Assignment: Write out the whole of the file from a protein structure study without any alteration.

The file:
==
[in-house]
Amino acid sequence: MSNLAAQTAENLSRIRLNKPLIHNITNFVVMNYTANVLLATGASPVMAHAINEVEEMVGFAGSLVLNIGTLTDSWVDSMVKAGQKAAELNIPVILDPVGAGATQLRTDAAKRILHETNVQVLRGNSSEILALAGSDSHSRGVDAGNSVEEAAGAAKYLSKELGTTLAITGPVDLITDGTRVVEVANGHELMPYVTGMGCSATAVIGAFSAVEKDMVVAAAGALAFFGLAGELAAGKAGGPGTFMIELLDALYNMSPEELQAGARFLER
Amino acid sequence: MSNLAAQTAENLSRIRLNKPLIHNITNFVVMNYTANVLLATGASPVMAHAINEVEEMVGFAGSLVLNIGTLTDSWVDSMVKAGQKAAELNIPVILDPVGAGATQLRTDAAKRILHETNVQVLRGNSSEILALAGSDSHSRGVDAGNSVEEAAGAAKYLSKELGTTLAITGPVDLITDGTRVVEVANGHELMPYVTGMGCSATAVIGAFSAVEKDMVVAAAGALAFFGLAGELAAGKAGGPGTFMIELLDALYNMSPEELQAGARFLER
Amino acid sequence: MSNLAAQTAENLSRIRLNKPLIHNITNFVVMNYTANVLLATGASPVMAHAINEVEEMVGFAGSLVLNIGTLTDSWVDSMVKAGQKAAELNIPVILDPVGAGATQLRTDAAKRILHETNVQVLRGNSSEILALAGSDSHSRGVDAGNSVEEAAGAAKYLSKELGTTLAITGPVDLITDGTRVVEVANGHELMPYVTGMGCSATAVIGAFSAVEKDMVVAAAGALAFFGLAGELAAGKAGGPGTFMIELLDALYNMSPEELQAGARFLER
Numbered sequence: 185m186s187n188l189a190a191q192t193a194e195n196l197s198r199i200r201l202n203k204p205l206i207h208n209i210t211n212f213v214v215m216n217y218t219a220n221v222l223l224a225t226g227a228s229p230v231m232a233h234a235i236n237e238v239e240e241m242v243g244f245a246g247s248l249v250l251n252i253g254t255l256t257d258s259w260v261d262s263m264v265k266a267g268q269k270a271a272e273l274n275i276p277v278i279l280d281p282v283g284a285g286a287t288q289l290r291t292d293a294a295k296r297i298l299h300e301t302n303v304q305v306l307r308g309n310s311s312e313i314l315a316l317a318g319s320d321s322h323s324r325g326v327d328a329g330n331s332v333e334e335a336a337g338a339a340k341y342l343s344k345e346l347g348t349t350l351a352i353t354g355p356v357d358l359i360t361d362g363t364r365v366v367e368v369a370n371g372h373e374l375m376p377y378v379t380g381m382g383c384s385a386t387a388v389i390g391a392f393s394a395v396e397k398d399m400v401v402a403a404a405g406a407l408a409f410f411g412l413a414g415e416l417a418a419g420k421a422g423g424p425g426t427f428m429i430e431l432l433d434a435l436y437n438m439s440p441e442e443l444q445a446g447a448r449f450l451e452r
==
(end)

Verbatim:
[in-house]
Amino acid sequence: MSNLAAQTAENLSRIRLNKPLIHNITNFVVMNYTANVLLATGASPVMAHAINEVEEMVGFAGSLVLNIGTLTDSWVDSMVKAGQKAAELNIPVILDPVGAGATQLRTDAAKRILHETNVQVLRGNSSEILALAGSDSHSRGVDAGNSVEEAAGAAKYLSKELGTTLAITGPVDLITDGTRVVEVANGHELMPYVTGMGCSATAVIGAFSAVEKDMVVAAAGALAFFGLAGELAAGKAGGPGTFMIELLDALYNMSPEELQAGARFLER
Amino acid sequence: MSNLAAQTAENLSRIRLNKPLIHNITNFVVMNYTANVLLATGASPVMAHAINEVEEMVGFAGSLVLNIGTLTDSWVDSMVKAGQKAAELNIPVILDPVGAGATQLRTDAAKRILHETNVQVLRGNSSEILALAGSDSHSRGVDAGNSVEEAAGAAKYLSKELGTTLAITGPVDLITDGTRVVEVANGHELMPYVTGMGCSATAVIGAFSAVEKDMVVAAAGALAFFGLAGELAAGKAGGPGTFMIELLDALYNMSPEELQAGARFLER
Amino acid sequence: MSNLAAQTAENLSRIRLNKPLIHNITNFVVMNYTANVLLATGASPVMAHAINEVEEMVGFAGSLVLNIGTLTDSWVDSMVKAGQKAAELNIPVILDPVGAGATQLRTDAAKRILHETNVQVLRGNSSEILALAGSDSHSRGVDAGNSVEEAAGAAKYLSKELGTTLAITGPVDLITDGTRVVEVANGHELMPYVTGMGCSATAVIGAFSAVEKDMVVAAAGALAFFGLAGELAAGKAGGPGTFMIELLDALYNMSPEELQAGARFLER
Numbered sequence: 185m186s187n188l189a190a191q192t193a194e195n196l197s198r199i200r201l202n203k204p205l206i207h208n209i210t211n212f213v214v215m216n217y218t219a220n221v222l223l224a225t226g227a228s229p230v231m232a233h234a235i236n237e238v239e240e241m242v243g244f245a246g247s248l249v250l251n252i253g254t255l256t257d258s259w260v261d262s263m264v265k266a267g268q269k270a271a272e273l274n275i276p277v278i279l280d281p282v283g284a285g286a287t288q289l290r291t292d293a294a295k296r297i298l299h300e301t302n303v304q305v306l307r308g309n310s311s312e313i314l315a316l317a318g319s320d321s322h323s324r325g326v327d328a329g330n331s332v333e334e335a336a337g338a339a340k341y342l343s344k345e346l347g348t349t350l351a352i353t354g355p356v357d358l359i360t361d362g363t364r365v366v367e368v369a370n371g372h373e374l375m376p377y378v379t380g381m382g383c384s385a386t387a388v389i390g391a392f393s394a395v396e397k398d399m400v401v402a403a404a405g406a407l408a409f410f411g412l413a414g415e416l417a418a419g420k421a422g423g424p425g426t427f428m429i430e431l432l433d434a435l436y437n438m439s440p441e442e443l444q445a446g447a448r449f450l451e452r